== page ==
In Arthur Conan Doyle’s stories, Sherlock Holmes is always well served by his famous mantra: “Once you eliminate the impossible, whatever remains, no matter how improbable, must be the truth.” Yet a grieving Dr. Watson might not want to eliminate the impossible in Hound, John Patrick Bray’s revision of the Hound of the Baskervilles, now playing at the Robert Moss Theater as part of the Planet Connections Theatre Festivity.
Following the outline of Doyle’s original, the eccentric Dr. Mortimer has sought the aid of Sherlock Holmes following the mysterious death of Sir Hugo Baskerville, apparently the result of an ancient family curse. However, the doctor is now a woman with quite a burlesque sense of fashion and a cranial fetish.
The good Dr. Watson is not his usual sidekick self either. As Hound opens, he is in an uncharacteristically metaphysical state of mind, questioning why Holmes, the skeptical rationalist, seemingly rose from the dead after the incident at Reichenbach Falls, while his wife’s death from a prolonged illness is irrevocable. He also seems to have an uncanny Dr. Doolittle ability to talk to dogs, which is going to be useful on this case.
As Holmes, Ryan Knowles (on the night of 6/20) is the embodiment of erudite arrogance. Physically, he brings to mind David Bowie in the role of the famous sleuth, which would actually be pretty good casting. However, this Baskerville case belongs to Dr. Watson, one of the most unfairly belittled characters in mystery fiction. Cavan Hallman fully fleshes him out, conveying his grief, intelligence, and humanity.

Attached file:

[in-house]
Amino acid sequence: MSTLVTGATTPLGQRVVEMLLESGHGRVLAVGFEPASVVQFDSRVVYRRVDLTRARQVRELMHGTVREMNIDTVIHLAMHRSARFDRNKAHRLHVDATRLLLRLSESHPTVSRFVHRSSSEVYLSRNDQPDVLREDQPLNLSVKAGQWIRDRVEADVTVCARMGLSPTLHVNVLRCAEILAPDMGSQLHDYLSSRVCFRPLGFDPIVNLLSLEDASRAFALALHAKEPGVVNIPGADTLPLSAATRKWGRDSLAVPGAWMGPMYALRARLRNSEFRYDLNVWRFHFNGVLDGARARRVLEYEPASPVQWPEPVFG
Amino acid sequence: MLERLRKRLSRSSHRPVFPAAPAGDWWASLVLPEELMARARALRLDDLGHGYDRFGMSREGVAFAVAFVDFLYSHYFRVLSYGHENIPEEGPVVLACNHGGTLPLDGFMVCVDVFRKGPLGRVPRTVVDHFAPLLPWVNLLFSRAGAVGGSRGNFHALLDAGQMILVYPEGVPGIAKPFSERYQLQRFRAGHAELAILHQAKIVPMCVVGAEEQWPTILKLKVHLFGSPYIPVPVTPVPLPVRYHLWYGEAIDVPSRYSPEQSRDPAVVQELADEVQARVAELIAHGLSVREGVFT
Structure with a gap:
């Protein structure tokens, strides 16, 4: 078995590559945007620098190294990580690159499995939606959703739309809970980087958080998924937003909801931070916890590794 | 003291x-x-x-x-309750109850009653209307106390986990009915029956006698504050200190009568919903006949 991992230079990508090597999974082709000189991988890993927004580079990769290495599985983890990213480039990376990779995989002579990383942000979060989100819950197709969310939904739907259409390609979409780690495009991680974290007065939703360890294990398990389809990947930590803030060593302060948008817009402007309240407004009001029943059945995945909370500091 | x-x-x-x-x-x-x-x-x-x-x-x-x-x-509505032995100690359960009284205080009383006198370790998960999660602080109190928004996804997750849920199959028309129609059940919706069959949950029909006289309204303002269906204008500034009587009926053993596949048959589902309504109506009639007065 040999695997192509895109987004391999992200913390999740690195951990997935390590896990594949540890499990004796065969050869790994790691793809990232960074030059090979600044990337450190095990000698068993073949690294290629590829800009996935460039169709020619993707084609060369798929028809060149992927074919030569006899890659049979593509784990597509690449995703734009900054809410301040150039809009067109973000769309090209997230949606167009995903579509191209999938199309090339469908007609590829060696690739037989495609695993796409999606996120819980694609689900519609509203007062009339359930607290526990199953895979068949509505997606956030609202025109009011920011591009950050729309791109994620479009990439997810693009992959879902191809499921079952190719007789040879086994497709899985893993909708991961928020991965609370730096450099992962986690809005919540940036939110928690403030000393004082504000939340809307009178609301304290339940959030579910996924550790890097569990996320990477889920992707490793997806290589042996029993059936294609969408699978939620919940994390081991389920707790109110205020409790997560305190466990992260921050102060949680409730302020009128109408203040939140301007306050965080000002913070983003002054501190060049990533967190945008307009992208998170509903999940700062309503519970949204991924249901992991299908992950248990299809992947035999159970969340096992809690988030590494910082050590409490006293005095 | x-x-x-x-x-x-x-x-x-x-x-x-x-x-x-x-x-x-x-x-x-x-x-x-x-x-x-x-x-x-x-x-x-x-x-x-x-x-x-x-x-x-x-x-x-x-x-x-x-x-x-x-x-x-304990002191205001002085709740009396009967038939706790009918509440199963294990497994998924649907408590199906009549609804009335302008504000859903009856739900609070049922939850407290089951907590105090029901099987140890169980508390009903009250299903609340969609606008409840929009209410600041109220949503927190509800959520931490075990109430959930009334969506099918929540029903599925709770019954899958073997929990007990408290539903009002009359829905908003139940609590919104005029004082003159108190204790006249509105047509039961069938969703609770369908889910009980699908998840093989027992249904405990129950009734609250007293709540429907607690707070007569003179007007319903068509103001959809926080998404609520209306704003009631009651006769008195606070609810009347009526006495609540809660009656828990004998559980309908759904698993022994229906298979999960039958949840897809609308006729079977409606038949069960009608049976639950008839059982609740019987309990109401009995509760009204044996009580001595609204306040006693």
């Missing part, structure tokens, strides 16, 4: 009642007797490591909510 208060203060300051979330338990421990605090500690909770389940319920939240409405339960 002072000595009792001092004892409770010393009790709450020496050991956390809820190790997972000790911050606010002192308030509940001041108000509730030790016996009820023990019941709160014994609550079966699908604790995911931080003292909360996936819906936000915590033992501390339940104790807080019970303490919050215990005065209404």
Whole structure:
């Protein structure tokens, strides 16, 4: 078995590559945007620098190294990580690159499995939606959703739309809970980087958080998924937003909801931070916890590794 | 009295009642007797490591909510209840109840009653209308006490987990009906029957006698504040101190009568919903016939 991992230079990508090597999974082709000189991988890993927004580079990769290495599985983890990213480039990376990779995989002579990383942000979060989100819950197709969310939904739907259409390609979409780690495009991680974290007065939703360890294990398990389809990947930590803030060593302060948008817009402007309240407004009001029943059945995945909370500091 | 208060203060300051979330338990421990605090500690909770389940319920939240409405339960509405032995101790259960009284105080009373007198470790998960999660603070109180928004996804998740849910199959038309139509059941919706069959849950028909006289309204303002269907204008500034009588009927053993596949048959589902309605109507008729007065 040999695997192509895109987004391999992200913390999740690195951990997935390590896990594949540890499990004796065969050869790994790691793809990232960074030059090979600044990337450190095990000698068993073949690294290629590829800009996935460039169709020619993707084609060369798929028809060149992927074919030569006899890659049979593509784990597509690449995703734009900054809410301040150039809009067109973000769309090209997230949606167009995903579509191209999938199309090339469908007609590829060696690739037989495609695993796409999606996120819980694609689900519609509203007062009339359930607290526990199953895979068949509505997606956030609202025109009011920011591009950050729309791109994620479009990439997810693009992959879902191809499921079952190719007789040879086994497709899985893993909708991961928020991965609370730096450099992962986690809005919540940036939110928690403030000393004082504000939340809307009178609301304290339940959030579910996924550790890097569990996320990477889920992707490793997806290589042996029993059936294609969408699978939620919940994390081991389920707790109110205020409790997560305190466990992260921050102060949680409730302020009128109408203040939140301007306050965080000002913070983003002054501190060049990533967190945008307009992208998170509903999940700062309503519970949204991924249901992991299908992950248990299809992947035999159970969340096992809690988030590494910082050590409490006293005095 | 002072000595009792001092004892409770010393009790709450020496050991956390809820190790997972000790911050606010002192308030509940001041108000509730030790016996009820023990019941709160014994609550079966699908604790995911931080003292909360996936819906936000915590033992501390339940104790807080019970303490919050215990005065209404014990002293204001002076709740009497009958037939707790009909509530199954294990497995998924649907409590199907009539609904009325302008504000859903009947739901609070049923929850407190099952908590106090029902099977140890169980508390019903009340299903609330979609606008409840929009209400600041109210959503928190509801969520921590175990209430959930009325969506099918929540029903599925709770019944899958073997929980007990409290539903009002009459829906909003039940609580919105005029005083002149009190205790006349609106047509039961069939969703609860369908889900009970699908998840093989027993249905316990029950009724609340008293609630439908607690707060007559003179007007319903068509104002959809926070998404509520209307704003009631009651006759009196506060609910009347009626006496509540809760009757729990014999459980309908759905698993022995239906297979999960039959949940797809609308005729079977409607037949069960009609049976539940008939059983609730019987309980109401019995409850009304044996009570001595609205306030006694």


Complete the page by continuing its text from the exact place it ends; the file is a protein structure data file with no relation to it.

Bray’s clever script follows the storyline of Baskerville surprisingly faithfully, yet leads to very different outcomes for its cast of characters at each turn. His philosophical themes are quite intriguing, successfully adding another layer to the familiar Hell Hound tale. While some of the surreal monologues, like those exploring the identity of the largely overlooked housekeeper Mrs. Hudson, take the audience a bit too far out of the story, the strong stage presence of Hound’s Holmes and Watson always reasserts the show’s momentum.
Following her recent production of Go-Go Killers, director Rachel Klein again shows a flair for genre theater, staging Hound in the style of a Victorian vaudeville, complete with title cards for each change of scene, which is not inappropriate to the story. It is an often bizarre but thoughtful take on Baskerville case, which should entertain both casual and diehard Holmes aficionados. Hound runs through Thursday (6/25), with its proceeds going to RAINN (Rape, Abuse & Incest National Network).